Lindokuhle Ntshangase worked hard at school to get six distinctions and a place in medical school.
However, like many other students, he is worried the lockdown, which is aimed at curbing the spread of the coronavirus, may be extended.
If it is, they will be unable complete their studies, delaying their graduation.
Ntshangase is in his sixth year of a gruelling nine-year journey toward qualifying as a doctor.
This includes two years as an intern and a year of compulsory community service.
But as he gets through the lockdown at home in Pongola, KwaZulu-Natal, and completes course work online, he is worried students will be unable to complete their practical work in time to graduate if the lockdown is extended.
An extension also means that next year's new doctors will be unable to start working.
"It is not about final-year students alone, but all students across the country," Ntshangase told News24.
The work they might miss out on includes practicing how to draw blood and how to administer an injection - work that cannot be learnt online.
At the moment, if he needs clarity on an aspect of his syllabus, he turns to YouTube.
However, internet reception where he lives is patchy and since he does not earn a salary, data costs are worrisome.
He said students did not want to be "pushed through" on any of the modules because of the lockdown because the knowledge was vital to their work as doctors.
Ntshangase just wants clarity for all medical students in the country on what will happen if the lockdown is extended so that they do not fall behind.
The vice dean: learning and teaching at Stellenbosch University's Faculty of Medicine and Health Sciences, Professor Julia Blitz, said the faculty was planning to complete the academic year within the original time frame. "We will be prioritising final-year medical students to ensure that they will be able to graduate and register as interns with the [Health Professions Council of SA as planned]."
The University of the Witwatersrand's dean of health sciences, Professor Martin Veller, said the university was still grappling with different options to make sure students could graduate.
The University of KwaZulu-Natal (UKZN) said the clinical teaching of medical students was governed by the Health Professions Council of South Africa (HPCSA) and clear predetermined outcomes have to be met.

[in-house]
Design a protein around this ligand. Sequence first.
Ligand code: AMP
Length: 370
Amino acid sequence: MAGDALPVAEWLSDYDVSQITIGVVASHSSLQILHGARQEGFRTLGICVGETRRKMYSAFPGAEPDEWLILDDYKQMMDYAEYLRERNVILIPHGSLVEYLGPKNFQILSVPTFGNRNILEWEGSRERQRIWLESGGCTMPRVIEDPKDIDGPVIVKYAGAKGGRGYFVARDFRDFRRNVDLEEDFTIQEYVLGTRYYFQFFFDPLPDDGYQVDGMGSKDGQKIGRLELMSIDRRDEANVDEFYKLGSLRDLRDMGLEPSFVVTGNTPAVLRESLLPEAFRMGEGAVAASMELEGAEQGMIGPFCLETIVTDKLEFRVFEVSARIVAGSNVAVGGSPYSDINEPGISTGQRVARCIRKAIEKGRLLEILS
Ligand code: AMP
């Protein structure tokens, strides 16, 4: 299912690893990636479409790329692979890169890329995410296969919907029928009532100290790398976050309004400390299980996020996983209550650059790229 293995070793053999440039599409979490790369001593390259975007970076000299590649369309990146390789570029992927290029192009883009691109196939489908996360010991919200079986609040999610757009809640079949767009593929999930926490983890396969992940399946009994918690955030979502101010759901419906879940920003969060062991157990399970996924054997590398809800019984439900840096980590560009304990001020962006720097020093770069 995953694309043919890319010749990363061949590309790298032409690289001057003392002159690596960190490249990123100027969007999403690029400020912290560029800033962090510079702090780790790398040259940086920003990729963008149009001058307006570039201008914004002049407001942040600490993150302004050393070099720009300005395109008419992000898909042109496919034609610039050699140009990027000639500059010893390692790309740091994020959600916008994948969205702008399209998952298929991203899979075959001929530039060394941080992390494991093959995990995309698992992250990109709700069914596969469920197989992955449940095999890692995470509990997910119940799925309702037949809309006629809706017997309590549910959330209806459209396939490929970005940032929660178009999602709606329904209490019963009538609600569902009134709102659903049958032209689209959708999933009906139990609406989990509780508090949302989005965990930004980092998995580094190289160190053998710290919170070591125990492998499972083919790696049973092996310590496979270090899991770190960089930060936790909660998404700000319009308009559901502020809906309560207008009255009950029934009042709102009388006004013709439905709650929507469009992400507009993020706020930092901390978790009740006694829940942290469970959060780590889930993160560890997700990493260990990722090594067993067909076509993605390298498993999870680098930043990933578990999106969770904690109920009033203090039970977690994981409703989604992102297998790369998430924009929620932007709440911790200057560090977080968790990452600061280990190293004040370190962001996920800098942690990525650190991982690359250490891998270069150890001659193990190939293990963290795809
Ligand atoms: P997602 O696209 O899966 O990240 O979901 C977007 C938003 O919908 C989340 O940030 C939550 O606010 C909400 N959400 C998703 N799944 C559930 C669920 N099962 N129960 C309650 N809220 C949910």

"To compromise on bedside teaching will impact on the student being able to register with the HPCSA upon graduation. Therefore, the College of Health Sciences has proposed a few scenarios which are dependent on when the lockdown is over," said Normah Zondo, the acting executive director of corporate relations.
During the lockdown, virtual lectures covering the theoretical component of the curriculum will take place.
UKZN is in negotiations with mobile service providers for the provision of data cards for students.
"Once the lockdown is lifted and students return to hospital settings, we will be focusing on hospital- and clinical-based learning.
The university, the HPCSA and the KwaZulu-Natal health department are working to assess the risk factors in hospital settings for the students during the Covid-19 outbreak.
"There are various dates proposed based on the varying scenarios which depends on when the lockdown will be lifted. The sessional dates will be amended accordingly with the last option being to extend clinical teaching into January 2021 - in the event of the lockdown continuing until the end of the first semester.
"In the meantime, we are encouraging students to volunteer in non-patient contact activities where possible, and to get more information on voluntary work, they should contact the UKZN Covid-19 team," said Zondo.